When you think of classic Honda motorcycles, the CB750 normally springs to mind. However, for some folk, the CB900 is the one to have…
Kevin Martin didn’t want a 750-4. He wanted a CB900 and he was prepared to pay for the very best one he could find. ‘I always wanted one,’ he says, ‘since I was 16.’ He had to wait a little while – but then, Honda weren’t exactly fast off the blocks bringing the CB900 to the market in the first place.
Kawasaki seized control of the big bike market in the latter part of the 1970s with the Z900 and Z1000, and Honda’s twin-cam litre-class four didn’t reach the public until the CB750 was a decade old. Honda had been busy building the CBX1000, of course, so the 901cc, 95bhp CB900F finally arrived on the scene at the very end of the 1970s.
The CB900 benefited from all the lessons Honda had learned in building big powerful bikes over the previous 10 years. It used the suspension and brakes from the CBX, combined with a mildly-tuned engine developed from the 16-valve CB750KZ. The result was a bit of a beast – at 235kg dry it massed more than the Z1000, but that was still less than the unfortunately lardy 750KZ – yet one which could be easily controlled and which offered Mr Motorcyclist of 1979 a supremely smooth ride. In top gear, for example, the CB900 would pull without snatching from as low as 2000rpm.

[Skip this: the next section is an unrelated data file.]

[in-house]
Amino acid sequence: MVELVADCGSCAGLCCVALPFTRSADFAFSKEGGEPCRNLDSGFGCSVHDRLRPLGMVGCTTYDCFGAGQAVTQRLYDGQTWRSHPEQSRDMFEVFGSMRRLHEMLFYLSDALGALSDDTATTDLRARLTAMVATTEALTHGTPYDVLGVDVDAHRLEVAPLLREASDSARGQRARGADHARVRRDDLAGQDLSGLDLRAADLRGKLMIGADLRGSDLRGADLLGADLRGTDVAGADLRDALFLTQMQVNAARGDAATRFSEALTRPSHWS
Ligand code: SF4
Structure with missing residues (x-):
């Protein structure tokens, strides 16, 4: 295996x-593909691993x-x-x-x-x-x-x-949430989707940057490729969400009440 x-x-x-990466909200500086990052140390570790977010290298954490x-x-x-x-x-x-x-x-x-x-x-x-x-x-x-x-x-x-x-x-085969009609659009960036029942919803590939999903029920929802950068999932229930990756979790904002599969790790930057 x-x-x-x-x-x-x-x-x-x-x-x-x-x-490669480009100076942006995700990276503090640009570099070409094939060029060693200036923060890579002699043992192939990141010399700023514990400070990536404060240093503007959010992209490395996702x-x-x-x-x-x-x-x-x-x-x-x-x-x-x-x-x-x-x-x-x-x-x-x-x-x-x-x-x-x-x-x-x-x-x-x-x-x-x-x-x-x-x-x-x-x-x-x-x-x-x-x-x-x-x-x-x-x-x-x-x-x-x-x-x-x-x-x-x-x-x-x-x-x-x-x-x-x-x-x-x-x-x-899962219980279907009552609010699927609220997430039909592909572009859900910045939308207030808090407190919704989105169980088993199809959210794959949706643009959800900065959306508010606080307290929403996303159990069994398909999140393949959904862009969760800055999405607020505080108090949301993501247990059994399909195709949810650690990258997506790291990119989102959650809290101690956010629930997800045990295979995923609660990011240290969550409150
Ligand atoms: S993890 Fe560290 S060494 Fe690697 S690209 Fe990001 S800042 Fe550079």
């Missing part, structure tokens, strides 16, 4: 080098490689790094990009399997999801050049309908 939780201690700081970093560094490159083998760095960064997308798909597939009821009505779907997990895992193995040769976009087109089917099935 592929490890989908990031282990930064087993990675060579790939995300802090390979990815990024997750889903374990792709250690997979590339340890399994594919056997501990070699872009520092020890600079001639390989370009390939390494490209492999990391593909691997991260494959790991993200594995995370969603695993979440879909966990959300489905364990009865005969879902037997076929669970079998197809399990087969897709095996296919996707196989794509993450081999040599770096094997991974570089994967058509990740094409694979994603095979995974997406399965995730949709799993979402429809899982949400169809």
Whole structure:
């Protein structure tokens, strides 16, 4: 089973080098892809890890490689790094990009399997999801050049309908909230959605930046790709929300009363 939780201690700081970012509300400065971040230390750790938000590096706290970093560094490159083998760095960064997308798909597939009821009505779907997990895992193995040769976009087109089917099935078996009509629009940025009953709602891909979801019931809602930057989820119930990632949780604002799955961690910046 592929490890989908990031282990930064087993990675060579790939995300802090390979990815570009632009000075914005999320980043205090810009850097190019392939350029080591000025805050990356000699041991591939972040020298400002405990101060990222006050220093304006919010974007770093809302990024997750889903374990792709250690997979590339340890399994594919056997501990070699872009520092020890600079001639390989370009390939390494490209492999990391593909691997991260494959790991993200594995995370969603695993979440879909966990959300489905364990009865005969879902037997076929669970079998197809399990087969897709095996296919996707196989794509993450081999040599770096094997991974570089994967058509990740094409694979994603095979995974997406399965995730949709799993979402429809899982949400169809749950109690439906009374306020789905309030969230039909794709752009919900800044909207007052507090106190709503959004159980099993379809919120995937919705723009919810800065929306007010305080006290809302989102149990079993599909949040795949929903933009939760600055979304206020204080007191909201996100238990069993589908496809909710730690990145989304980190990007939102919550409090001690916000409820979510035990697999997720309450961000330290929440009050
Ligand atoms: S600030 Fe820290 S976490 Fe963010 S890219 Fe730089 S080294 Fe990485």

However smooth it may have been, the engine output wasn’t soft and reacted to a big handful of throttle with a real rasp. 70mph in fifth gear arrived at 5500rpm but the long-stroke engine really hit its stride at around 7000rpm, with max power at 9000 revs. In theory you could push it harder, all the way to 11 grand, but the motor had a habit of snapping its conrods if you treated it this way for long periods of time. You could also find yourself stranded by the wayside with a knackered camchain; the tensioner and chain were modified on later models but the early ones were prone to letting go.
The CB was also criticised for a certain degree of understeer. ‘It tends to flop into low speed corners’ reported Motor Cycle Weekly, although carefully setting up the adjustable air forks and multi-adjustable rear suspension (with preload, compression and rebound options) could offset the effect. ‘The CB900’s handling and suspension do not disguise its bulk but they do make it eminently manageable.’ Test riders of the day didn’t think the 900 was as stable over fast sweeping curves as Suzuki’s GS1000 – but they did consider the CB to be a great improvement over the old 750 Honda.
Fuel economy on the 900 was never going to be great, not when lugging all that load around at high speed. It was capable of returning 40mpg but could also dip into the 20s when used hard.
The F2 version arrived in 1981 with a full fairing, and that extra weight made the CB900 even harder to haul around but it also enhanced the bike’s role as a sports-tourer, a niche to which it was well suited. The naked bike, although it looked fast, never quite made the super-sports grade. However, it made a real impression on some people at the time – and one of those was Kevin Martin whose 1981 CB900 took the Best in Show prize at the 2006 Ragley Hall Classic Transport Show.
Kevin’s bike has hardly seen a spanner in 25 years and is in sparklingly original condition. He bought it last year, when we asked him how much he paid for the answer was ‘a lot’! The only job Kevin needed to do to the CB was to replace the exhaust with a standard 4-into-2 system. The cost? Just £330. What price originality, eh?
Still, Kevin had been waiting for this bike for a long time – since he was 16 in fact. So he might as well spend the cash, and make it absolutely perfect…
Honda CB900F Fact Pack
CB900 stuff on eBay.co.uk